Monthly Archives: September 2012

I think is time to blow this thing, get everybody the stuff together.
Okay 3, 2, 1 Let’s Jam!
My friend’s then-groom/now-husband breakdanced to Cowboy Bebop music at their wedding two weeks ago.

It was super surreal being at her wedding. She was a good middle school friend, and someone I hadn’t seen in ages.
She looked amazing, and her wedding was a lot of fun.

One of the most memorable moments of the night, aside from the official wedding ceremonies, was when Gangnam Style came on during the dance.

It was an awesome time.

A plankton sticker arrived in my mailbox yesterday, from Bigelow Laboratory for Ocean Sciences. It brought back all the wonderful memories of a trip my friends and I took to see their public opening.

During the last breath of summer, my friends and I went on an epic weekend adventure to the lovely state of Maine.

We drove up on sun-beamy Friday, savored the spreads and Peasant Bread sandwiches of Stonewall Kitchen, and headed for the Bigelow Laboratory for Ocean Sciences.
After a tour of the facilities, we drove to Red’s Eats, for a feast of giant lobster rolls.

lobster roll

The afternoon ended with watching the sunset over the waters of Wiscasset and walking along the railroad tracks. It had a rustic charm that fueled my agrarian fantasies.
rail road tracks

When darkness finally fell, we made our way to the sleepy town of Camden, and promptly drifted off to sleep.

Mt. Battie

The next day started with a climb to Mount Battie. The view up there was gorgeous. From the ruins of a castle, we looked out into the bay, gawking at the stretches of water peppered with islands.


image courtesy of Dan

After a snack at the 3 Dogs Cafe, and under the setting sun, we ventured to a local lighthouse, trekking over jagged rocks to the middle of the bay.

Saturday night ended with delicious Mexican fare and oodles of our new favorite show: Adventure Time.

Adventure Time

We ended our trip at Pemaquid lighthouse, admiring the strange rocks that formed the coast. We looked out from the light housing lookout, portrayed in Maine’s state quarter.

It was a marvelous weekend, an excellent conclusion to a eventful summer, and a perfect trip. I got to explore new lands, eat delicious goods, all with the awesome company of my friends.

I only hope there’s many more like this one to come.

[updated: 3D-Printed Enzyme – Proof of Concept]


While animating a short for the 2011 MIT iGem team, I came up with the idea to 3D print enzymes from the vast number of structure-characterized proteins in the RCSB Protein Data Bank (PDB). There are lots of slick software out there to render the PDB files into gorgeous 3D models. Exporting those models to be 3D-printing compatible is only a few clicks away.




The simplest approach is to use USCF Chimera to render a protein from PDB. Chimera can export the protein into an STL file, which can be uploaded to Shapeways or other 3D printing vendors to print.

While Chimera renders ribbon diagrams very beautifully, it lacks more sophisticated mesh-based renderings and user customization. Molecular Maya can be a good alternative. It harnesses all the customization power of Maya, while easily importing PDB files. To go the Molecular Maya route, proteins can be exported into OBJ files to upload to Shapeways. Currently, Molecular Maya does not render ribbon diagrams or secondary structure.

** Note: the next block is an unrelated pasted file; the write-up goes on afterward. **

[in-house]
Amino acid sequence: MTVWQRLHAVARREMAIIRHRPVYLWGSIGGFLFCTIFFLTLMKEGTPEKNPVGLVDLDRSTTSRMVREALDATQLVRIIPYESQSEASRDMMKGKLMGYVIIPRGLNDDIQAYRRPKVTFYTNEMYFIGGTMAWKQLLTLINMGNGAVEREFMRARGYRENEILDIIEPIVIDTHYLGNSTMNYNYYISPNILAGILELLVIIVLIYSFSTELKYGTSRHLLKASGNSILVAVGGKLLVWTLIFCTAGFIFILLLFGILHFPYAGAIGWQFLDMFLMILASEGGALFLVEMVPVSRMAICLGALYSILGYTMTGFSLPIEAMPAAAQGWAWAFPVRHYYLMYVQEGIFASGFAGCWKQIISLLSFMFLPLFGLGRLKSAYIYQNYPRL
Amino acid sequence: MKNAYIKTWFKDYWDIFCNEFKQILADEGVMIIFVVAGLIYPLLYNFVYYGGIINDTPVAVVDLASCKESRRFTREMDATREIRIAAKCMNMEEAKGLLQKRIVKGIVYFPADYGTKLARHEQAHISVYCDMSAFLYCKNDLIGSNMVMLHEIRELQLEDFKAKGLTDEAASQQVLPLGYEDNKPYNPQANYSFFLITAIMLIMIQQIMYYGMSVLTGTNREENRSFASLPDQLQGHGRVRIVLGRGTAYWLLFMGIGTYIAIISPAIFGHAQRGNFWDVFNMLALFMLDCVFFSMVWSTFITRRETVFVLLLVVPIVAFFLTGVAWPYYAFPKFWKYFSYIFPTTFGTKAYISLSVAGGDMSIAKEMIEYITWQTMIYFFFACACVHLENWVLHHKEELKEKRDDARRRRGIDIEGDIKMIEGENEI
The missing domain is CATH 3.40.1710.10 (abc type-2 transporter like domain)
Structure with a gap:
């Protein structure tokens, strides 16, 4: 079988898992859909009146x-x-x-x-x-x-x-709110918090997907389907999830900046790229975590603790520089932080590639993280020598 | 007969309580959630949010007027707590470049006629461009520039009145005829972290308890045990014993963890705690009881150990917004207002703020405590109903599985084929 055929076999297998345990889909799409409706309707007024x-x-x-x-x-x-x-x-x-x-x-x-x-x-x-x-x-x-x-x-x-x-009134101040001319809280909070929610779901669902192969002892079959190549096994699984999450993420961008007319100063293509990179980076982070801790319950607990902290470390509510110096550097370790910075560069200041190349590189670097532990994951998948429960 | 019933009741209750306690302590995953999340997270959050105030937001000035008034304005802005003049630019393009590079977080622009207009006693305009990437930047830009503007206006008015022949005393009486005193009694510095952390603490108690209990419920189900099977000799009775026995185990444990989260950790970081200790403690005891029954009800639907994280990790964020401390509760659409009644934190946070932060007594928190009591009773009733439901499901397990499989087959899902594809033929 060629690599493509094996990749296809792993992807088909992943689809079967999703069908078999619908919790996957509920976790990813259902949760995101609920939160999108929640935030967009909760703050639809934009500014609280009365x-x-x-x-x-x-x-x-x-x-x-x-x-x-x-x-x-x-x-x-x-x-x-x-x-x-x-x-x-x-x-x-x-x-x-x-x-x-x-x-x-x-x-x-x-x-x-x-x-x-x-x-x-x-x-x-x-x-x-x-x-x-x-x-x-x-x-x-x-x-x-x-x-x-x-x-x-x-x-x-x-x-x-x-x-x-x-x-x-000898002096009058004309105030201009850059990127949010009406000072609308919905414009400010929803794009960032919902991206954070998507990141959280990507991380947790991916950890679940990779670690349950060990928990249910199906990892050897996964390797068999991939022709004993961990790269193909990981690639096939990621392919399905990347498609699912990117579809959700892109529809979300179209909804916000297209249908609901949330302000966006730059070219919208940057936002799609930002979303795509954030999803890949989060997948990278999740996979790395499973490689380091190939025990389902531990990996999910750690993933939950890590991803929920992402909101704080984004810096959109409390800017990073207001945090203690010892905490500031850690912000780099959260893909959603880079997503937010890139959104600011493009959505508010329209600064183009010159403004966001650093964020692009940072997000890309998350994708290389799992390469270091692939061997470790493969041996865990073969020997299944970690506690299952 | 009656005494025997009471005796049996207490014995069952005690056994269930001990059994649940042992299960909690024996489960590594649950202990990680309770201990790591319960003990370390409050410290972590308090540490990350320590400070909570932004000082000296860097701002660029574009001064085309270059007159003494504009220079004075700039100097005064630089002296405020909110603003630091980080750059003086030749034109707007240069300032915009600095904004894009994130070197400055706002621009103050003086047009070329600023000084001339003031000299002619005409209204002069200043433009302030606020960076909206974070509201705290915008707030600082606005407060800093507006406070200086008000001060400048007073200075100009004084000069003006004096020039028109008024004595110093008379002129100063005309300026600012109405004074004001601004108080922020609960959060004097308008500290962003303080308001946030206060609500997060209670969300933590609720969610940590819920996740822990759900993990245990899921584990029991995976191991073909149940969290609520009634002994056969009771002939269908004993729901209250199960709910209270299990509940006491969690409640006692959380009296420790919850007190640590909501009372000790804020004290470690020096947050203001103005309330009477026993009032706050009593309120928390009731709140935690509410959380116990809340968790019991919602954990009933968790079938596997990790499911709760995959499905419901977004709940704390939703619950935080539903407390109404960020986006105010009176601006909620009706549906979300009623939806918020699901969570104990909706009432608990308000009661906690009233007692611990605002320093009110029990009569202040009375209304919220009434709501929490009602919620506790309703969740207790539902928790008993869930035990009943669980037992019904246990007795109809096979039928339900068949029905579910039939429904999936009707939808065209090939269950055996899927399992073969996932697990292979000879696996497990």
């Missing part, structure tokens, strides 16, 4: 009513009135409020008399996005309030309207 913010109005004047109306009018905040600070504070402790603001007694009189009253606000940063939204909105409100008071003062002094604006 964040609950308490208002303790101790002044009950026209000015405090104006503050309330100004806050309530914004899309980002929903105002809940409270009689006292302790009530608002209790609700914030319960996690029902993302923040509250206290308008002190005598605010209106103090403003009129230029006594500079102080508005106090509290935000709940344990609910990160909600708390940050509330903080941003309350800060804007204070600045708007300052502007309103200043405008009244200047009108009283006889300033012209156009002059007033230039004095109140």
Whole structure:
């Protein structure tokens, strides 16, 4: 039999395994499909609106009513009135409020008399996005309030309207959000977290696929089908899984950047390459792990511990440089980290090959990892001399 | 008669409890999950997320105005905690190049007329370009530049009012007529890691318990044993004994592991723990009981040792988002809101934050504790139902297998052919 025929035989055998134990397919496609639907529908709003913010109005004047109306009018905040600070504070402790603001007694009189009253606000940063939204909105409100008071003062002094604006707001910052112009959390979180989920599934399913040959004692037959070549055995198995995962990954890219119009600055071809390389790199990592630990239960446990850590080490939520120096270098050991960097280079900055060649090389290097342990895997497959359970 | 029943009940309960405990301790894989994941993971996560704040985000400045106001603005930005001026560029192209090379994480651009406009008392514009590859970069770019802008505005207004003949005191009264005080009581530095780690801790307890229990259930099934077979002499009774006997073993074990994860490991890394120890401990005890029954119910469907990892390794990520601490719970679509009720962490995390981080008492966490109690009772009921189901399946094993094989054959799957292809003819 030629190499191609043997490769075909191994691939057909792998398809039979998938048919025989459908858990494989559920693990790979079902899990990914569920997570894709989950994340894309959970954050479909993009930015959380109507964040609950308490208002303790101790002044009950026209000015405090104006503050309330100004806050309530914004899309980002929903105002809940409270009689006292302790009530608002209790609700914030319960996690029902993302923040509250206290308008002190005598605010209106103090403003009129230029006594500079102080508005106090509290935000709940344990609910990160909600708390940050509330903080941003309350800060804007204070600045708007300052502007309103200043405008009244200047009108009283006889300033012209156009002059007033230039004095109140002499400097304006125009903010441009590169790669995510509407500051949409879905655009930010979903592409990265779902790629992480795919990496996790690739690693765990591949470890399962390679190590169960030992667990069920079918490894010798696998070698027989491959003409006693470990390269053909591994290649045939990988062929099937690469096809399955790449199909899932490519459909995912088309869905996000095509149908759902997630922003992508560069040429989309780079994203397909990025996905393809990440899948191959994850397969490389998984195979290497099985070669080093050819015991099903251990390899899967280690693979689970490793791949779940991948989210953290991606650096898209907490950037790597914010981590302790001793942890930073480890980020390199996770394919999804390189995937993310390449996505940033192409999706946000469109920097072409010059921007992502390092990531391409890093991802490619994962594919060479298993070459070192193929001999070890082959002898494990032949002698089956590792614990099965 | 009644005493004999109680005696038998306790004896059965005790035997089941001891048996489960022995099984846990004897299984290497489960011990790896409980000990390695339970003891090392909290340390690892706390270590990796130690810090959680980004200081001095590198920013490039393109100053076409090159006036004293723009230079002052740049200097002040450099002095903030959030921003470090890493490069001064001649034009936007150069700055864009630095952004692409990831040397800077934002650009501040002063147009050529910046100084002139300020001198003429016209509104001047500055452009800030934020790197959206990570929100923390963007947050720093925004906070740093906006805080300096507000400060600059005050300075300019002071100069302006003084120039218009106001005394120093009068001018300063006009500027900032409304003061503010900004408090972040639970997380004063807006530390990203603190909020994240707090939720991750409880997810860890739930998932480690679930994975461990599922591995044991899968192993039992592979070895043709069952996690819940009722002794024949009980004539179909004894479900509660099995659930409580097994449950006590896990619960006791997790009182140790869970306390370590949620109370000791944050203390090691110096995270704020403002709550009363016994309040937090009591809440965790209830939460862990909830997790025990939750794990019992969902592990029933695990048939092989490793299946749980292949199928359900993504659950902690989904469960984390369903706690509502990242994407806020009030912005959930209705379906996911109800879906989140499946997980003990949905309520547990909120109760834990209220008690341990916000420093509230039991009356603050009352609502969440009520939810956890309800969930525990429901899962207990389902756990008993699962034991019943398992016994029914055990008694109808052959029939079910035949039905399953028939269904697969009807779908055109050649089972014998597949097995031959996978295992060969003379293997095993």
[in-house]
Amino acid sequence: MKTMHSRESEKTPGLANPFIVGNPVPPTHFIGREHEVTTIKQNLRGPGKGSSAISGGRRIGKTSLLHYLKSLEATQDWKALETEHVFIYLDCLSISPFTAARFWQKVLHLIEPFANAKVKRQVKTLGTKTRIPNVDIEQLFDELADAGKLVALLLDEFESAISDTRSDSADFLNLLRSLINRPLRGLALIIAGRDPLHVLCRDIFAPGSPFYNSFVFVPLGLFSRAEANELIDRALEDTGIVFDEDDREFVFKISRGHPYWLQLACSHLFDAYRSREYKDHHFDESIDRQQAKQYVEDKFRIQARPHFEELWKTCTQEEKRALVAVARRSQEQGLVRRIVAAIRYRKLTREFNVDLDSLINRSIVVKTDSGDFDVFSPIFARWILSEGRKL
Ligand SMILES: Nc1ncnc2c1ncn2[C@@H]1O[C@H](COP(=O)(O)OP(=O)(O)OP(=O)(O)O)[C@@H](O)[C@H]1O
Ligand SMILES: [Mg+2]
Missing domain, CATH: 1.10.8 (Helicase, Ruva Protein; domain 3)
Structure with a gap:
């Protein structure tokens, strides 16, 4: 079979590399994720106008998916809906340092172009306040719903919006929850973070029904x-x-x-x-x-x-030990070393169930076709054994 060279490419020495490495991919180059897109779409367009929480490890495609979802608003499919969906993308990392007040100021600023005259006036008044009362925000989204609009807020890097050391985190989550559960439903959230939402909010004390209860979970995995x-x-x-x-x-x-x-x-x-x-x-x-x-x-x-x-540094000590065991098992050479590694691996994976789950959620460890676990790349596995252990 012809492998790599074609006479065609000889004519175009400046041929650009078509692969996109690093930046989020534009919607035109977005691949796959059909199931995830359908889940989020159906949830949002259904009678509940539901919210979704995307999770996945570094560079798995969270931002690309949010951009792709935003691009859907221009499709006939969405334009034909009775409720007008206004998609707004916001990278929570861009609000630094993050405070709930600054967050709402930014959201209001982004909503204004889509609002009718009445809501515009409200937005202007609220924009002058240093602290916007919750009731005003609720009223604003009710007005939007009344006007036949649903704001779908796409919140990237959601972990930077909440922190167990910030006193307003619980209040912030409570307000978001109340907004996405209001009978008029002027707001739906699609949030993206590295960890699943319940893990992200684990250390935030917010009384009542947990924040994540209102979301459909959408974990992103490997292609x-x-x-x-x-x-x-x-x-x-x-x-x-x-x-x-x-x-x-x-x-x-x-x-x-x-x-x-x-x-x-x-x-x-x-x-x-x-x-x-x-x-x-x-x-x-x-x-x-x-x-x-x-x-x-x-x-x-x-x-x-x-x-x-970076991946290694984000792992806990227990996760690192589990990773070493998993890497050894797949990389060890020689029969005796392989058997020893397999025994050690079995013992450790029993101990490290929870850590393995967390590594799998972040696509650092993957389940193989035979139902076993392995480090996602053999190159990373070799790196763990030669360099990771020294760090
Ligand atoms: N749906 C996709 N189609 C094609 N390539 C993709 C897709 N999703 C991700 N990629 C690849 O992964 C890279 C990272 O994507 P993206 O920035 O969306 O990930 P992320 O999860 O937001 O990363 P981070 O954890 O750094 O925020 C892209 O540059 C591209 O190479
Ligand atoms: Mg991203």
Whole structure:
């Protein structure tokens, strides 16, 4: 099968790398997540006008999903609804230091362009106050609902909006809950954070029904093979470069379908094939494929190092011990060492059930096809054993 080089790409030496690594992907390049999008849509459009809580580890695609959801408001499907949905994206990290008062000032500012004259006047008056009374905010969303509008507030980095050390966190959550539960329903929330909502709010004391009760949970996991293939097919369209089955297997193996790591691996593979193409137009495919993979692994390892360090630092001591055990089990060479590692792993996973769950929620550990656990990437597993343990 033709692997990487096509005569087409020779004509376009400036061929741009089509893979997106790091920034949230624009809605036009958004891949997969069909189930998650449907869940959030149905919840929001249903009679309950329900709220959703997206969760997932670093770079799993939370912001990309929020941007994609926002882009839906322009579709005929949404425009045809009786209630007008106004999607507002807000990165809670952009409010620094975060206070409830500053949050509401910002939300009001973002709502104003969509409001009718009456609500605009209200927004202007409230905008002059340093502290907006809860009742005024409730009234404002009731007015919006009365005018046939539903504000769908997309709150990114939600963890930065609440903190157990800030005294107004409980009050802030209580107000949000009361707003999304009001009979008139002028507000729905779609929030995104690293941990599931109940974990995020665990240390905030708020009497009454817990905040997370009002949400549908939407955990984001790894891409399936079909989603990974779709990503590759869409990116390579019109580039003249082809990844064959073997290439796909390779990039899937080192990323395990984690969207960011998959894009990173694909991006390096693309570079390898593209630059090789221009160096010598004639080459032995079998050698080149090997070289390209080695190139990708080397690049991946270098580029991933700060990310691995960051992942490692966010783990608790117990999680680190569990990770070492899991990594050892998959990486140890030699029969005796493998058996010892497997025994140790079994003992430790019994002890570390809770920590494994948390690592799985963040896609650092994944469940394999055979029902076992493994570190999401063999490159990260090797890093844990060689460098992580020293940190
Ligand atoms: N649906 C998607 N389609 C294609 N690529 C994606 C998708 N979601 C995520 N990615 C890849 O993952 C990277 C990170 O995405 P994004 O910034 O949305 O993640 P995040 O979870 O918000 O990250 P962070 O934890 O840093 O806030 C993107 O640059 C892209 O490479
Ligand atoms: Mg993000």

ecoRV rendered with mMaya [PDB ID: 1RVA]


DNA ligase

DNA ligase [PDB ID: 1DGS]




My recent order of funky socks came with an awesome gift from the lovely folks of Modcloth.
wire headband

I could not figure out what it was. It was similar to a soft clothes hanger but lacked the hook and the structural integrity. Its beautiful cloth exterior concealed thing wiry structure underneath.

I was so ready to ask my more fashionable roommate, when the aha moment came. It was a wire headband!
I can see!

Nowadays, I wear it in my daily busing about. It does a wonderful job of keeping my now-too-long bangs at bay.



Graphviz now has SBOLv 1.0 support!

I implemented the Synthetic Biology Open Language (SBOLv) symbols for Graphviz to easily generate SBOLv compliant diagrams.

see my original post on using Graphviz to draw genetic circuits

Gene Expression Symbols:

digraph G {

promoter -> operator [arrowhead=none];
operator -> cds [arrowhead=none];
cds -> utr [arrowhead=none];
utr -> terminator [arrowhead=none];

promoter [shape=promoter labelloc="b"];
operator [shape=square width=0.2 label=""];
cds [shape=cds];
utr [shape=utr labelloc="b"];
terminator [shape=terminator labelloc="b"];


digraph G {

insulator -> ribosite [arrowhead=none];
ribosite -> rnastab [arrowhead=none];
rnastab -> proteasesite [arrowhead=none];
proteasesite -> proteinstab [arrowhead=none];

insulator [shape=insulator label=""];
ribosite [shape=ribosite label="ribonuclease site" labelloc="b"];
rnastab [shape=rnastab label="rna stability" labelloc="b"];
proteasesite [shape=proteasesite label="protease site" labelloc="b"];
proteinstab [shape=proteinstab label="protein stability" labelloc="b"];


DNA Construction Symbols:

digraph G {

origin -> primersite [arrowhead=none];
primersite -> restrictionsite [arrowhead=none];
restrictionsite -> noverhang [arrowhead=none];
noverhang -> assembly [arrowhead=none];

origin [shape=circle width=0.2 label=""];
primersite [shape=primersite label="primer site" labelloc="b"];
restrictionsite [shape=restrictionsite label="restriction site" labelloc="b"];
noverhang [shape=noverhang label=""];
assembly [shape=assembly label=""];


digraph G {
rankdir = LR;

fivepoverhang -> signature [arrowhead=none];
signature -> threepoverhang [arrowhead=none];

fivepoverhang [shape=fivepoverhang label=""];
signature [shape=signature];
threepoverhang [shape=threepoverhang label=""];